Township Deputy asserts that community residents will not tolerate suspected drug activity, and that tips continue to pour in.

An historic amount of heroin was seized in Bethel Township on the evening of Wednesday, November 12 after Bethel Township Deputy Alan Cox received an anonymous tip that drug activity was occurring at the Sunoco on Lower Valley Pike at Gerlaugh Road. Cox stressed that he did not act alone in completing the successful bust, crediting his co-workers along with the person who submitted the tip in ridding the area of more than one kilogram of heroin. In the days following the bust, Cox said he received even more tips of other suspected locations of drug activity, saying the residents of Bethel Township are becoming more and more vocal in leading law enforcement to suspected hot spots.

Weapons were also recovered from the home in the 10000 block of Gerlaugh, along with 1.5 kilograms of heroin, valued at more than $120,000.

The bust was initiated after Cox received an anonymous tip that drug deals were occurring at the Sunoco. Deputies and detectives from the Clark County Sheriff’s Office then staked out the gas station and witnessed drugs exchanging hands in the parking lot there.

A traffic stop was conducted immediately after deputies witnessed the exchange, where Robert Carpenter, 30, of Bethel Township, was pulled over. A search warrant was then obtained to search Carpenter’s house on Gerlaugh Road, where the heroin and weapons were discovered.

Clark County Sheriff Gene Kelly referred to Carpenter as a “major drug trafficker,” saying multiple guns, cars, cash, and other items were recovered as well. Last week’s bust was the largest recovery of heroin made by a road deputy in Clark County history.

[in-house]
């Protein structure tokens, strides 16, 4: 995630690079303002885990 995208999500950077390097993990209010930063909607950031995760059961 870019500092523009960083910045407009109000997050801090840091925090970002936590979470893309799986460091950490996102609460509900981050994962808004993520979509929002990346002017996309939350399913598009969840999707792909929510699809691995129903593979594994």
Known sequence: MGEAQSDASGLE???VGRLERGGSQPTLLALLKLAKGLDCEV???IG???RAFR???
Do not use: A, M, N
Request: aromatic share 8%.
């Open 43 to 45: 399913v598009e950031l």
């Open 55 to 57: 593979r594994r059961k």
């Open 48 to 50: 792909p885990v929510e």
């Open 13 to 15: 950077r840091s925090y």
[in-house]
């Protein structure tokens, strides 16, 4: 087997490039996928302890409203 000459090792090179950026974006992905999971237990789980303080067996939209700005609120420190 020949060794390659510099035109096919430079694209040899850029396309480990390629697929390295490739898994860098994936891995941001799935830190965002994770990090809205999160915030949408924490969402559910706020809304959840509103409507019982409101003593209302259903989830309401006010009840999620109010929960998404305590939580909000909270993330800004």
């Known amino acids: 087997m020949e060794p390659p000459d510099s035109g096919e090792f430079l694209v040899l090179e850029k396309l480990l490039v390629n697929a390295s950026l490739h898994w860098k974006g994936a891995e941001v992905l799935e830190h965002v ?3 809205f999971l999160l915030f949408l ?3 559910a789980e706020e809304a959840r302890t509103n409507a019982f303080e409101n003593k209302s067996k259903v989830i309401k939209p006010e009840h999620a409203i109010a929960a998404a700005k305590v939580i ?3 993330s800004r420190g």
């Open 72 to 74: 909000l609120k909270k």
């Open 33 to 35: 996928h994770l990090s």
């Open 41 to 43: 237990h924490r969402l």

Carpenter appeared in court on Thursday, November 13, and pled not guilty to charges of drug trafficking, weapons under disability, and possession of drugs. His bond was set at $250,000.

Deputy Cox said that two days following Carpenter’s arrest, he received two more tips on suspected drug activity in the township, and he believes the tips will continue to roll in, based primarily on the relationships he has developed with township residents.

“People are beginning to speak out,” said Cox. “Based on this, law enforcement knows who’s doing the drugs, who’s selling the drugs, and who’s bringing the drugs into the community...people are starting to talk,” he said.

“We have major arteries running through our little township here,” Cox said of drug activity due to the area’s immediate access to many major highways. “Multiple people from the Clark County Sheriff’s Office partnered with the community to combat this disease,” he said of heroin usage. “We have a problem out here with drugs, and it’s massive,” said Cox.

Deputy Cox said he was “born and raised” in Bethel Township, which has contributed to the level of trust he receives from many members of the community. “People know they can trust me...when they give me a tip, I don’t tell anyone who it came from, we just get everyone on-board to act on it.”

Cox also said the township will soon implement an anonymous drug hotline for all residents of Bethel Township, including New Carlisle.

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